“Long-Term Greedy”* . . . Minus the “Long-Term”

“Our employees shouldn’t expect the firm to pay for their defense when they steal from us.”

–Goldman Sachs spokesman, explaining the company’s refusal to pay the legal fees of software programmer (and former Goldman Sachs Vice President) Sergey Aleynikov; “At Goldman Sachs, Even the Legal Fees are Different”; The NYT (9/6/2014)

Fair enough.

After all, what company would voluntarily pay the legal fees of a former employee alleged to have stolen from it?

hushBut, then what are we to make of the 51(!) employees whose legal fees Goldman deigned to pay over a recent six-year period, according to the NYT?

Apparently, if you are alleged to have stolen for Goldman Sachs rather than from it . . . you’re covered.

For a fuller explanation of Goldman Sachs’ rather dogged pursuit of Mr. Aleynikov, see Michael Lewis’ “The Big Short” (spoiler alert:  Goldman Sachs doesn’t come away looking like the good guy).

Legal Hush Money

Mr. Aleynikov’s (mis)deeds aside, the real crime is that no senior executives at Goldman — or any other Wall Street investment banking firm — have ever been held accountable for their role in The Crash of 2008.

There’s a veritable catalog of reasons why, but Morgenson’s piece adds another:  any Goldman Sachs employee who dared to testify against the firm would be quickly crushed by legal fees (and presumably suffer instant professional exile).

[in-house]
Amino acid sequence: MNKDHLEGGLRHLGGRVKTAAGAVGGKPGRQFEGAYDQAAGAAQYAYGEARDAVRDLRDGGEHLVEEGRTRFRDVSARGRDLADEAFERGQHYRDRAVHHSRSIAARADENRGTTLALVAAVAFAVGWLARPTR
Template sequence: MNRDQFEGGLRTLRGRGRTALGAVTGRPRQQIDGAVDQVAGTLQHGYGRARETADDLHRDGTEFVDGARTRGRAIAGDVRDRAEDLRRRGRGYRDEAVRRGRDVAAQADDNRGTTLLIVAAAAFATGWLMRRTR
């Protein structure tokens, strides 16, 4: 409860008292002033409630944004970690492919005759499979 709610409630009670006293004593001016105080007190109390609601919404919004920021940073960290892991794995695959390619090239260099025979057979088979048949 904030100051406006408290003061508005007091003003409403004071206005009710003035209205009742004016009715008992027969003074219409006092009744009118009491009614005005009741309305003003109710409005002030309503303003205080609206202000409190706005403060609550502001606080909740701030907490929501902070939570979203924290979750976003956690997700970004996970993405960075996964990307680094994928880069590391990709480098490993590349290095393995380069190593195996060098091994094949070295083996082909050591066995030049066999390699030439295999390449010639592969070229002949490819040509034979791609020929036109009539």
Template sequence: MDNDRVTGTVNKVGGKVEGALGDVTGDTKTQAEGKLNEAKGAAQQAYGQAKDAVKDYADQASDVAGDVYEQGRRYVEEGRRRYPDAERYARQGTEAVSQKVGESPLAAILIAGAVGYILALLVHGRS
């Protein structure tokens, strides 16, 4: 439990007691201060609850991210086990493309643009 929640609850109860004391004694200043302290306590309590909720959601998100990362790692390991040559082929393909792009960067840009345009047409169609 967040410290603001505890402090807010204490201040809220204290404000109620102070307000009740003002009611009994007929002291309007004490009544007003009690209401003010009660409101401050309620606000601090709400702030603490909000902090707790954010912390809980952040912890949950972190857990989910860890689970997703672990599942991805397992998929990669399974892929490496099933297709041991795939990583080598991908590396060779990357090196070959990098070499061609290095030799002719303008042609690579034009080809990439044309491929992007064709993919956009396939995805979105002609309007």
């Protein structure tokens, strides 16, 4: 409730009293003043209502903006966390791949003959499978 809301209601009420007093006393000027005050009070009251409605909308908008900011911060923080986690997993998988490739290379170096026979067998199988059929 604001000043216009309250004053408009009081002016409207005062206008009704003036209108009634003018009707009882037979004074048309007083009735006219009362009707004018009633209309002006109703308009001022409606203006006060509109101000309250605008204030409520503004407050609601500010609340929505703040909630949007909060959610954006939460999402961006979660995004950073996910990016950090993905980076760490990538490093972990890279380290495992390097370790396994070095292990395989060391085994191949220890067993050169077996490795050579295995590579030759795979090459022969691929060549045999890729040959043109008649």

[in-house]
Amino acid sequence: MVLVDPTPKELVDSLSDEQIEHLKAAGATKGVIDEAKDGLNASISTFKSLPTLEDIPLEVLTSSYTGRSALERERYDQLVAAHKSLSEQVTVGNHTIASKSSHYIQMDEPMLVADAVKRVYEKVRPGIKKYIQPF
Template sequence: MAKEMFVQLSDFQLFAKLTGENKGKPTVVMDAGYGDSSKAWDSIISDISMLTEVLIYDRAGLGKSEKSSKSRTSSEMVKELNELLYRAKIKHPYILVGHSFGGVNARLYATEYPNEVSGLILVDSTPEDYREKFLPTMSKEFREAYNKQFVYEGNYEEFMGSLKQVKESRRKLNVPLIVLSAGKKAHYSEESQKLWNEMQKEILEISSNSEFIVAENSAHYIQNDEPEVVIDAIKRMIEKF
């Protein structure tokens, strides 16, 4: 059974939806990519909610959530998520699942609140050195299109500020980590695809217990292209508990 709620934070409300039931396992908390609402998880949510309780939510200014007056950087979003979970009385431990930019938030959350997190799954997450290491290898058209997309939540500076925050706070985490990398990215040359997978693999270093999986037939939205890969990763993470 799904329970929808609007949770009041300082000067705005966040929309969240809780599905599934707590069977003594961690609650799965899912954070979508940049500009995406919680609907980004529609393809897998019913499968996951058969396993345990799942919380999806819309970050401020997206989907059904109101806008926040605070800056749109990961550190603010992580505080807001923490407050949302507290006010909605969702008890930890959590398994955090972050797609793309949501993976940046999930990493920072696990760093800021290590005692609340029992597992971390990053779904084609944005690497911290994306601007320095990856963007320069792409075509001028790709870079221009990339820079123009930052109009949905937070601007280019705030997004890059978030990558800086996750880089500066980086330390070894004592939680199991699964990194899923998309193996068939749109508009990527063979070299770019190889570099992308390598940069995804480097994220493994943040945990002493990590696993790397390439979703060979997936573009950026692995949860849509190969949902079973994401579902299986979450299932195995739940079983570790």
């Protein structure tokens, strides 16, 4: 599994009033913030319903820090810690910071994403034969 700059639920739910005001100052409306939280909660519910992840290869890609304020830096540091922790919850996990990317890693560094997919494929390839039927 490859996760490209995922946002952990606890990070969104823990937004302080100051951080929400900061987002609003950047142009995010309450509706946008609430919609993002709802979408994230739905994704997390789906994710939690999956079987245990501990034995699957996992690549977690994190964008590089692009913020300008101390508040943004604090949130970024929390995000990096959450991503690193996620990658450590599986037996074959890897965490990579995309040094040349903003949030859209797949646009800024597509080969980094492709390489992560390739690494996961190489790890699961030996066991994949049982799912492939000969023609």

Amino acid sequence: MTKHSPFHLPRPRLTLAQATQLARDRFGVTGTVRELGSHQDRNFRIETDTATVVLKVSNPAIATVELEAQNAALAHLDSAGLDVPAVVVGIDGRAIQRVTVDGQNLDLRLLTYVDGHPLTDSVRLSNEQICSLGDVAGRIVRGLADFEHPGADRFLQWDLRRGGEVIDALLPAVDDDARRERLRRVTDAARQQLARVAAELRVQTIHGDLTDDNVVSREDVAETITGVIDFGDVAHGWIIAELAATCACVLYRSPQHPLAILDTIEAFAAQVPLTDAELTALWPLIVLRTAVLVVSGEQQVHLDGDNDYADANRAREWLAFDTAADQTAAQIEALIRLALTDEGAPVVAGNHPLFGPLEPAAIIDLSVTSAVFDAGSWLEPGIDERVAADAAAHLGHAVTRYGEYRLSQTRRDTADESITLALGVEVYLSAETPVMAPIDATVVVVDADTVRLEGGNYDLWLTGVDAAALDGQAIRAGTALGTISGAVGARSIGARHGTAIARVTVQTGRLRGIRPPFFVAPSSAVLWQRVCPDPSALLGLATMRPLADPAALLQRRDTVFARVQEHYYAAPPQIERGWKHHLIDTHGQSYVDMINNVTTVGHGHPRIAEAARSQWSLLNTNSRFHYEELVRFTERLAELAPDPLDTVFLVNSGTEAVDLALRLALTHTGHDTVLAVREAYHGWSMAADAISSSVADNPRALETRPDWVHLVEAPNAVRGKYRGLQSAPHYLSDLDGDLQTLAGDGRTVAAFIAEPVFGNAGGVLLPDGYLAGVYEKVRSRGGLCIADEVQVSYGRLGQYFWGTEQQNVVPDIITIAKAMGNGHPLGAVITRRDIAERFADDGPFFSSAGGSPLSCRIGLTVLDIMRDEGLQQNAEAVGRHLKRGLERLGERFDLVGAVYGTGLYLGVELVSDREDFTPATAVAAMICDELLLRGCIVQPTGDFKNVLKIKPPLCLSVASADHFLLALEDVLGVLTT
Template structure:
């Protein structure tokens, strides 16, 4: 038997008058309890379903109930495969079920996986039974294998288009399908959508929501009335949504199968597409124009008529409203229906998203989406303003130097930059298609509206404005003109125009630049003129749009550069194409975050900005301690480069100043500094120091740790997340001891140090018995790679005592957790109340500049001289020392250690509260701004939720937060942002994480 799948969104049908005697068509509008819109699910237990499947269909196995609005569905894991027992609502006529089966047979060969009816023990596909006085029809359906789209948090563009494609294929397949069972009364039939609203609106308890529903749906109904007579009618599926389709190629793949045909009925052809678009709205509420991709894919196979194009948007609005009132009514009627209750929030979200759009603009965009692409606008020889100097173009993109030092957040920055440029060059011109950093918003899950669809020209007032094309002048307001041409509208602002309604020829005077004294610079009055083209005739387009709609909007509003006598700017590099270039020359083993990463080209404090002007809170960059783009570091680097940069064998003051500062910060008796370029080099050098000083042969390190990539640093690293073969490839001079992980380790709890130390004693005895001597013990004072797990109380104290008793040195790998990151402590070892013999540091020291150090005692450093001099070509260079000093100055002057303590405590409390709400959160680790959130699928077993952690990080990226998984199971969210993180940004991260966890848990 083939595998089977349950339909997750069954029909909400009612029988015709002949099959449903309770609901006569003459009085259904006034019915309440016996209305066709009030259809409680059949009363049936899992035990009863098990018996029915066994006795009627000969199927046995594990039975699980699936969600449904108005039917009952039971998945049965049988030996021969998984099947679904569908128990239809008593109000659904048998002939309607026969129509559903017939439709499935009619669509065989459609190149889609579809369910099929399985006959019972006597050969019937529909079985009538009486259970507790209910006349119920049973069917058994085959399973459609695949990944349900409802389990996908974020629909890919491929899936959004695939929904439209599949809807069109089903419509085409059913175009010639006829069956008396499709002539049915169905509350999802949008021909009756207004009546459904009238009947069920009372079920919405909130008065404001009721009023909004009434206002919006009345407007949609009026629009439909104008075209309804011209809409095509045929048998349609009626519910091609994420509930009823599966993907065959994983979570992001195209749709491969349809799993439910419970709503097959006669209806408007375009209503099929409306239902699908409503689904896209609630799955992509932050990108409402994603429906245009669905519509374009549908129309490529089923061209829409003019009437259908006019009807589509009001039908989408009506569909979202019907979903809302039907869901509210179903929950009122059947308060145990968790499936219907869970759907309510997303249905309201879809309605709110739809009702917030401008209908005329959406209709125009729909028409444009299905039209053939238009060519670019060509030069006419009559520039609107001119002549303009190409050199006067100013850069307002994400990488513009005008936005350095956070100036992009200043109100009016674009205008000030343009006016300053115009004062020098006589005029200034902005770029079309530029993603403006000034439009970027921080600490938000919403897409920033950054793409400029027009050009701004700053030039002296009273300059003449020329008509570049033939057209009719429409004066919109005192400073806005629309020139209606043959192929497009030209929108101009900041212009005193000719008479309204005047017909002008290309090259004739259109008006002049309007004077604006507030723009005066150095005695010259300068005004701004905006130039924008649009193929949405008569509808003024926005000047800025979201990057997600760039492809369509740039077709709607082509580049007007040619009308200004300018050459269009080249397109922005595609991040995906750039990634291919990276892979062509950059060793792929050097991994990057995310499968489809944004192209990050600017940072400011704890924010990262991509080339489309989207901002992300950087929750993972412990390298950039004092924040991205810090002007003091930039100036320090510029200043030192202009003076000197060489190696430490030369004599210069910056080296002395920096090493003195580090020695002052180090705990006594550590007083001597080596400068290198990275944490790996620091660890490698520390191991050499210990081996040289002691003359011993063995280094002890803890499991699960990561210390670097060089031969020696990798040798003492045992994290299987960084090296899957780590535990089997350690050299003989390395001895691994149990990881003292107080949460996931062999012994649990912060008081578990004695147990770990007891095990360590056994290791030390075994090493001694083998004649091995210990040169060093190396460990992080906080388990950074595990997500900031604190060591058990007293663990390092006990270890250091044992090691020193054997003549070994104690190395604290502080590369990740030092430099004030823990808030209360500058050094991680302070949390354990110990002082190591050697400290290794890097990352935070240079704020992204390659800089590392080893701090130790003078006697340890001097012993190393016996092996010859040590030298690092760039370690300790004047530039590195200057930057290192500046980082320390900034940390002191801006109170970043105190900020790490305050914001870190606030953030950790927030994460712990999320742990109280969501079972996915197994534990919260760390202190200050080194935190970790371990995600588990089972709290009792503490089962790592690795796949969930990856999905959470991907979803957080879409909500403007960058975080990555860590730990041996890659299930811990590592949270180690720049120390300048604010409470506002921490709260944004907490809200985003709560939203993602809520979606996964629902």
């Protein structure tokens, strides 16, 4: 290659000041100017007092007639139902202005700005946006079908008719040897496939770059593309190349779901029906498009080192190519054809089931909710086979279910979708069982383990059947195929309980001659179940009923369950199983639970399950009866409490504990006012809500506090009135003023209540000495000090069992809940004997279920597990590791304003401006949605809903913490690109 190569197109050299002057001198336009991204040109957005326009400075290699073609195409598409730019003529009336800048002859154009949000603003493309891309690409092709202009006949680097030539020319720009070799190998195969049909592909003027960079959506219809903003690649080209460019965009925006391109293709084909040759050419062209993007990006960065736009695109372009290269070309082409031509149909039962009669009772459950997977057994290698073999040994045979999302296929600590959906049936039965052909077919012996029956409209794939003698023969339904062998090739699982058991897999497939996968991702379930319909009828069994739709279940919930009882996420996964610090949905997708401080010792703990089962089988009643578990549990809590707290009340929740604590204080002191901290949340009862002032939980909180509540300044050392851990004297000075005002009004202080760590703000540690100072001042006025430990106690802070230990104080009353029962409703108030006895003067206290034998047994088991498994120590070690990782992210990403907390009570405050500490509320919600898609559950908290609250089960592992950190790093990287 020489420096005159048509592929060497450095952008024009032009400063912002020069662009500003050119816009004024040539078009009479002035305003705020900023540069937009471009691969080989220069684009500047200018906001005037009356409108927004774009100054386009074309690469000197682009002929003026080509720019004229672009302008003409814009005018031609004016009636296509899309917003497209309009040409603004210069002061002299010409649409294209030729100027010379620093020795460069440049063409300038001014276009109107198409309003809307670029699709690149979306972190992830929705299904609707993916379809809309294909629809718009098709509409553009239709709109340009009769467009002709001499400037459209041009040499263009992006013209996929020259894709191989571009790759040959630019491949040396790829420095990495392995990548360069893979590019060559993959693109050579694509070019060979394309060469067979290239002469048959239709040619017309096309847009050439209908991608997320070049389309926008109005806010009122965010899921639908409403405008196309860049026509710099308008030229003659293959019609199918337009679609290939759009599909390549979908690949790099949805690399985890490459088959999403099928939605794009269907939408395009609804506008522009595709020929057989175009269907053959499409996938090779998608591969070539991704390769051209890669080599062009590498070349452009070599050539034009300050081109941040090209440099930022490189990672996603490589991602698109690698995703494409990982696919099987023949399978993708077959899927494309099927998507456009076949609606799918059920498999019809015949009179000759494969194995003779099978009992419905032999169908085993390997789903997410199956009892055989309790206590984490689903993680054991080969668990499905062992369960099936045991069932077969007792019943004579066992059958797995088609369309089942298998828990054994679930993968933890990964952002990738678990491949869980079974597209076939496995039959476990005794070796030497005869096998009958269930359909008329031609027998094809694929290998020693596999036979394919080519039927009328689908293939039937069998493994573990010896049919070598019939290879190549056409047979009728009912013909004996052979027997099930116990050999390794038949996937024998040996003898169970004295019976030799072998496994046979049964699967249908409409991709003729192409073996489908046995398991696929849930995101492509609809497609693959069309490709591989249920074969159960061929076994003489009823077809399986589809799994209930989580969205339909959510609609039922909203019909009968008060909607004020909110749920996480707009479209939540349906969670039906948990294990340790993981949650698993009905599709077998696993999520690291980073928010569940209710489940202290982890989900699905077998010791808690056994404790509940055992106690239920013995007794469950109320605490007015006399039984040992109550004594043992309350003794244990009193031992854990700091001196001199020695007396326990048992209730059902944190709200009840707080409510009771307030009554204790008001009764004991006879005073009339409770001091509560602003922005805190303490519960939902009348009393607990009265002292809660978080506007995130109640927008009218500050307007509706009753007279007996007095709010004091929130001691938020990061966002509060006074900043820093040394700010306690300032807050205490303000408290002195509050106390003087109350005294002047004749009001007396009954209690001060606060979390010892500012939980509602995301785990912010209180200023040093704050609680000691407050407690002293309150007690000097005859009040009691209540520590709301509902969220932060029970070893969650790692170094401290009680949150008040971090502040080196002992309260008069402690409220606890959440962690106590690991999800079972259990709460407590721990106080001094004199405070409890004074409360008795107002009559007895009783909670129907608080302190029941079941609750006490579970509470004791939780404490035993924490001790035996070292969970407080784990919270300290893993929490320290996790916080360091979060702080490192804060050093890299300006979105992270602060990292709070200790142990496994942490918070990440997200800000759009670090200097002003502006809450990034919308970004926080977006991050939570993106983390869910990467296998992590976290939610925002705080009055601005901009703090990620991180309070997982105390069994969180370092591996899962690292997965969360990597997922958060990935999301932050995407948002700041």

Or as a (very) politic Morgenson puts it:  ‘no firm manages its employees’ incentives more shrewdly than Goldman.”

P.S.:  What other industry besides Wall Street gets away with requiring its employees to waive their right to legal action and instead have their grievances heard by industry-friendly arbitrators?

Answer:  none.

*Goldman Sachs’ one-time business mantra.  See also, “Goldman Sachs:  ‘It’s Not My Dog.'”

About the author

Ross Kaplan has 19+ years experience selling real estate all over the Twin Cities. He is also a 12-time consecutive "Super Real Estate Agent," as determined by Mpls. - St. Paul Magazine and Twin Cities Business Magazine. Prior to becoming a Realtor, Ross was an attorney (corporate law), CPA, and entrepreneur. He holds an economics degree from Stanford.

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